The Organ Mountains in Las Cruces, New Mexico (Provided photo)
Editor's note: Notes from the Field includes reports from young people volunteering in ministries of Catholic sisters. A partnership with Catholic Volunteer Network, the project began in the summer of 2015. This is our 10th round of bloggers: Honorine Uwimana is a St. Joseph Worker in Orange, California, and Samantha Kominiarek is an Assumption Mission Associate in Chaparral, New Mexico. This is Samantha's final blog post.
At the end of September, my first month in Chaparral, I was feeling incredibly and overwhelmingly challenged.
It seemed the only thing I could focus on were the differences between this life in New Mexico and my life in college in Pennsylvania or in the comfort of my own home in Massachusetts.
I did not know anyone well enough to consider them more than friendly acquaintances, and I missed being able to hug my friends and family from college and home.
The view outside my window of cactuses and mountains was unlike the green trees and buildings where I had lived before.
Every time Samantha Kominiarek pulls into the driveway of her home, Casa Maria Eugenia, she stops to admire the beauty of the desert landscape. (Provided photo)
The authentic Mexican food here made my mouth feel as though it were on fire, and the "spicy" Mexican food I enjoyed before coming here seemed quite tame by comparison.
The language I needed to use to communicate with others here was a language I had previously used primarily in classes or in bilingual settings.
Everything felt different. Nothing felt comfortable. I was not sure if I should stay.
I called a thoughtful friend from college, who encouraged me to spend time journaling about these thoughts and feelings. She sent me some reflection questions to consider. The first was: "What were you feeling/thinking when you made the decision to go/start/experience this new thing?"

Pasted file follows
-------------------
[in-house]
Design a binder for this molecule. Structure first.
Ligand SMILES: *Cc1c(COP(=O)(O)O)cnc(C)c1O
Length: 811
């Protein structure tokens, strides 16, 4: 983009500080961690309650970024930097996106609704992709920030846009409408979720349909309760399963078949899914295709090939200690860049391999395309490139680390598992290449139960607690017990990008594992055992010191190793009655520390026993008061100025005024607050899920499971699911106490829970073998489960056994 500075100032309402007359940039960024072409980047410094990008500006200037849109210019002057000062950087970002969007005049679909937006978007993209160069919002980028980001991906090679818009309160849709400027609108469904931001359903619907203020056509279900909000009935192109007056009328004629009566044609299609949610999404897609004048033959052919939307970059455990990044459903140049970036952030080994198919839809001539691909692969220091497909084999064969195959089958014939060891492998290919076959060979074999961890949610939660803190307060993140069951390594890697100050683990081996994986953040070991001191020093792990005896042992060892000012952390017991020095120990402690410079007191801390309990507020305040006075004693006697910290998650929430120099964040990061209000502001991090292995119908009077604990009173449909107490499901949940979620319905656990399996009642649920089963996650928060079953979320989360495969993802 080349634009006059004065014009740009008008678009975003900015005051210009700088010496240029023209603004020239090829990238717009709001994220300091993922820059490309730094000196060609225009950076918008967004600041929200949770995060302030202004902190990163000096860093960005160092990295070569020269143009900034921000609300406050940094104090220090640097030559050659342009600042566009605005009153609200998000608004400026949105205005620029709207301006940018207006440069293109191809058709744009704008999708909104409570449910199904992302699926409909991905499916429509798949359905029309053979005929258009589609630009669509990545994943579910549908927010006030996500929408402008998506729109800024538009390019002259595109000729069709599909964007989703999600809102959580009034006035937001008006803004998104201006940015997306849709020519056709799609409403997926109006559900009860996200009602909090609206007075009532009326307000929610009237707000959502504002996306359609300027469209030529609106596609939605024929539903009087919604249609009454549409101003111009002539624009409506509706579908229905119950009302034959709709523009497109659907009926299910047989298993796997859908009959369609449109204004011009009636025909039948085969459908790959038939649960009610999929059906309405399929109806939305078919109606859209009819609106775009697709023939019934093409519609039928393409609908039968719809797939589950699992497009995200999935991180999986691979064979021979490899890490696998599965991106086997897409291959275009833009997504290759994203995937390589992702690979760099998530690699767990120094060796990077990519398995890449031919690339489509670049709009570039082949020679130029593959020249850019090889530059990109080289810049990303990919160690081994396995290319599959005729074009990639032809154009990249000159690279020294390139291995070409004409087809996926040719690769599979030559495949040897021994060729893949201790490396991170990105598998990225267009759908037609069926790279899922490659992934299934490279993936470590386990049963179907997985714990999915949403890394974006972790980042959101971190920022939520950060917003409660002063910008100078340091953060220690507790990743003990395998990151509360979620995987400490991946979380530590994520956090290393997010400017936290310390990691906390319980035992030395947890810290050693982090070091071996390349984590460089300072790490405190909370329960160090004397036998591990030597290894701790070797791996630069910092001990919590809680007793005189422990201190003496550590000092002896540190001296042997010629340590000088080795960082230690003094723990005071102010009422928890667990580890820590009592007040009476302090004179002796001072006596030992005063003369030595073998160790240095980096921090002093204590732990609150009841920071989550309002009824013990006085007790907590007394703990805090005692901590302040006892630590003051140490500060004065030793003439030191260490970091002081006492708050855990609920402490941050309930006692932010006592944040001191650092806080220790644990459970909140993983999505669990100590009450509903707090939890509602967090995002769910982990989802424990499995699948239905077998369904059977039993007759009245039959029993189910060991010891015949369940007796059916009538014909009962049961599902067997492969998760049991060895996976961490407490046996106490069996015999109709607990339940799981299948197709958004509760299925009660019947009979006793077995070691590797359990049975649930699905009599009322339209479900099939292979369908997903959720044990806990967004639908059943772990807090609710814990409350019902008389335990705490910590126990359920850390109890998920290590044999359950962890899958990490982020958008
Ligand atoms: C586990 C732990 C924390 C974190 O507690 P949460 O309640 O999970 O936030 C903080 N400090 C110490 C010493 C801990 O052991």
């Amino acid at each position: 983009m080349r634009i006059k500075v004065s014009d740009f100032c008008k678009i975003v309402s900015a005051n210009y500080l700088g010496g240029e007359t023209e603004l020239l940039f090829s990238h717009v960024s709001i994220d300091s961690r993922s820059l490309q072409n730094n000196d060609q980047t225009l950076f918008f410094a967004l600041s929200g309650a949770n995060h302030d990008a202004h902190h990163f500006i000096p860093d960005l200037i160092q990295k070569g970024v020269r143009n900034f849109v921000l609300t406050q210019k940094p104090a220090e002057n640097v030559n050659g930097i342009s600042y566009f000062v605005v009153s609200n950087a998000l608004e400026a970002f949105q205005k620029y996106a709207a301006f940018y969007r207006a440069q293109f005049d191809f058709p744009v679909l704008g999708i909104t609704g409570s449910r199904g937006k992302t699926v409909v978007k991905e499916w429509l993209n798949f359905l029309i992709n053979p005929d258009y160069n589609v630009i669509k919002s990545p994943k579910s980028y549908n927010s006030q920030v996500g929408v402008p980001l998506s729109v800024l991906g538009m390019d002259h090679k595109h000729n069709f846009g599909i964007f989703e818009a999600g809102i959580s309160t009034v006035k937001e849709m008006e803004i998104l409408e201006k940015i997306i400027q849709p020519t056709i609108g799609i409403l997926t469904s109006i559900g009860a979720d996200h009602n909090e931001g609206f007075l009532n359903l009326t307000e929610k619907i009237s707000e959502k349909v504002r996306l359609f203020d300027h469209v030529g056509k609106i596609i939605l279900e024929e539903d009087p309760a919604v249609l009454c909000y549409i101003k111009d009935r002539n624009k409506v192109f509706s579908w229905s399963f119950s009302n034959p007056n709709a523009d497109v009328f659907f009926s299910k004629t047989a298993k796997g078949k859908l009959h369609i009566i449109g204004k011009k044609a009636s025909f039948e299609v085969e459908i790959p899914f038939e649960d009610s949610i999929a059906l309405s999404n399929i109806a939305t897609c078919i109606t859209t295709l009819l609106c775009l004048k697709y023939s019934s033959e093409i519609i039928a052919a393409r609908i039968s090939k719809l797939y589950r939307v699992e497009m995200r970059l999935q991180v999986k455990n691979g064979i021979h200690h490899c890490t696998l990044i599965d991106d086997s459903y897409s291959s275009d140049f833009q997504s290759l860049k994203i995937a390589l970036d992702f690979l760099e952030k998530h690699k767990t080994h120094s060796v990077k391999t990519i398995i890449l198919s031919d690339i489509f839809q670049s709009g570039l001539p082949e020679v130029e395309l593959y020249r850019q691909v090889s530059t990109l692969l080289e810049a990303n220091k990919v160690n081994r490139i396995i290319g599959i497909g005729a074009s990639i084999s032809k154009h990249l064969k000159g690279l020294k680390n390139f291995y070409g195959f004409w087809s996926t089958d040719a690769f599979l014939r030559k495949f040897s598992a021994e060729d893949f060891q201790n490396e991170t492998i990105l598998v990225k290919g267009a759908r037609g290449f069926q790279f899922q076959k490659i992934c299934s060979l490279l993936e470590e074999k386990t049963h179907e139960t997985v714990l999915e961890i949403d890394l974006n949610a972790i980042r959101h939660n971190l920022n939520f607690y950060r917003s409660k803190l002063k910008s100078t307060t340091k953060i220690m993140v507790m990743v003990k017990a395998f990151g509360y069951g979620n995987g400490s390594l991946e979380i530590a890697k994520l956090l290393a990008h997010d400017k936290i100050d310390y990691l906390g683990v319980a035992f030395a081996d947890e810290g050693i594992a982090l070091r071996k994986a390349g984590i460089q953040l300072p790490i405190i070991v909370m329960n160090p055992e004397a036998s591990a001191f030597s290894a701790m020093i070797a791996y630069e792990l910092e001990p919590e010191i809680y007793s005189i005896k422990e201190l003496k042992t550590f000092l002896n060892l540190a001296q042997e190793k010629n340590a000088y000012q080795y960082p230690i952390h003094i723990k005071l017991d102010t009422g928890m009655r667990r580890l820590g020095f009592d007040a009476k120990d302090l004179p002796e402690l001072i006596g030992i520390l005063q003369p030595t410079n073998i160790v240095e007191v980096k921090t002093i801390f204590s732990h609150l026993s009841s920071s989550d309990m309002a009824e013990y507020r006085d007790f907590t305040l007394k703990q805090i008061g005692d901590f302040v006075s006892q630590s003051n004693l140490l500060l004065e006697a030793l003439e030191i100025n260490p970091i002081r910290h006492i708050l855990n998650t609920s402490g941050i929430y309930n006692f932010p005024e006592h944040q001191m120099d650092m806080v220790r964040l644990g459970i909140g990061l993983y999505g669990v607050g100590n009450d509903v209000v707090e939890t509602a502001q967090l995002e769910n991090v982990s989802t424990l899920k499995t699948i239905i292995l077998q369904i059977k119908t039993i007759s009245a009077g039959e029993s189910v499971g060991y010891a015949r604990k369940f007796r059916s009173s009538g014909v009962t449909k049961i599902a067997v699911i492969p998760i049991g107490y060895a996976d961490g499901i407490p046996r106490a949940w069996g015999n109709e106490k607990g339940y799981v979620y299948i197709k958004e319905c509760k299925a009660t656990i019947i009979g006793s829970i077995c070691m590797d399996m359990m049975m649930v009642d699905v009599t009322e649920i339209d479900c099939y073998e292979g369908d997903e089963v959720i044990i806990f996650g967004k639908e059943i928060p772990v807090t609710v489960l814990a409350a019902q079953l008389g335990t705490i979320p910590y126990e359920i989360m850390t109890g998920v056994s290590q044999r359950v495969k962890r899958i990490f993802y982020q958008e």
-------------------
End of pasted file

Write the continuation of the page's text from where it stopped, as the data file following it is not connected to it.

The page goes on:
In my journal, I wrote:
When I committed to this year of service, I was hoping to ...
· Build community in Chaparral.
· Form connections.
· Work for love and justice.
· Understand more about immigration.
· Practice Spanish.
· Be immersed in a new culture.
· Learn about a new area of the country.
· Discover more about myself and my journey.
After writing this, I took a deep breath and reread what I wrote. These hopes were actions I was actively engaging in every day during the past month. So I decided to hold on to these feelings and thoughts that made me want to start doing this and give it a little more time.
On the walk back to our classroom after some afternoon activities, Samantha Kominiarek and her students paused for a moment to notice the way the sun bounced off the lockers to create this beautiful sight. (Provided photo)
A little more time turned into a few months, and eventually, I fell in love with this life in Chaparral. This happened through meaningful connections with humanity. These connections, or kinship, allowed me to embrace people and to be embraced by them.